In preparation for the treatment I sent photographs of my feet to Brenda the reflexologist who was doing my treatment. We agreed a day and a time. Ten minutes before my treatment I popped to the loo, had a glass of water, turned on my soft music and climbed on my couch. I’d not had chance to use my massage couch since I bought it just before lockdown (and it’s always useful to see as a client how your own couch feels). So I snuggled under my own blanket and settled back for my treatment.

What I felt

At first I felt my feet tingle a little bit (but in a good way) then it felt like someone was holding both feet. If you’ve ever experienced reiki or distance reiki it felt a bit like that. The feeling you get when someone is hovering their hands over your feet. It felt safe, warm, very calming. 

I couldn’t feel any specific pressure like I would normally do with a hands-on reflexology treatment, apart from at one point when I felt a very similar sensation to having my spine reflex worked on. (To those of you who are not trained in reflexology this is the inner edge of the foot from the tip of the toe to the heel) My knee also twinged at one point (it felt positive, like energy was shifting from the tip of my toe to my hip) At one point in my treatment I got a vivid picture in my minds eye of a lampost. It reminded me of the time I was so busy reading a letter whilst walking down the street that I walked into a lampost. Maybe there’s some message in that somewhere!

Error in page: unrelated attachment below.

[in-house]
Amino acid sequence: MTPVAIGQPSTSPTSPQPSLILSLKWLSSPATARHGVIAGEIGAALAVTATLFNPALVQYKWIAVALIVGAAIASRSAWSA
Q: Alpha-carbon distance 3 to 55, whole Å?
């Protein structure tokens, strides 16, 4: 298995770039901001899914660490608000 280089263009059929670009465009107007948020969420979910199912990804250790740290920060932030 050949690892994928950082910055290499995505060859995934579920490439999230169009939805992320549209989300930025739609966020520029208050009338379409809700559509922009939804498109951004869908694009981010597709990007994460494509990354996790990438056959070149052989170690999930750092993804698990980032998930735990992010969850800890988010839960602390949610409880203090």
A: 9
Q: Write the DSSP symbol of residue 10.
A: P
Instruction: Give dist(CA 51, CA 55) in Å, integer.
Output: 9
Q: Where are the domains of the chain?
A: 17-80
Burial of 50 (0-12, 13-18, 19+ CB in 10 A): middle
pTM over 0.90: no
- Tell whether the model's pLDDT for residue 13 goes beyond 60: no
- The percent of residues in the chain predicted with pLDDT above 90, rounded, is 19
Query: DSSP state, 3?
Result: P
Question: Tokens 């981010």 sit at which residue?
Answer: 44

What I saw

The virtual reflexology treatment took about 30 mins. Towards the end of the treatment I got a sense that it was the end of the treatment (I saw in my minds eye a picture not dissimilar to the ‘meetings ended by host’ notification that you get when you end a zoom call. ) and the feeling of someone holding my feet went. 

Brenda and I had a chat after the treatment had ended, I felt that I needed a cup of tea so quickly went and got one before speaking to Brenda about what we’d both experienced. 

The Results

This afternoon following the treatment I felt exactly how I normally do after a hands-on treatment, as well as needing an afternoon nap and feeling unusually peckish. I also got a little emotional as I was walking round the supermarket.

I really enjoyed my treatment and am looking forward to experiencing it from the other end of the couch next week.

 

Have you tried Virtual Reflexology? If so what did you think? Please leave me a reply in the comments below.

Reflexology Aftercare Advice

Reflexology Aftercare Advice

Reflexology Aftercare Advice

Here is some simple aftercare advice to use after your reflexology treatment. This will maximise the effects of your treatment and minimise the potential for a healing response

Stay Hydrated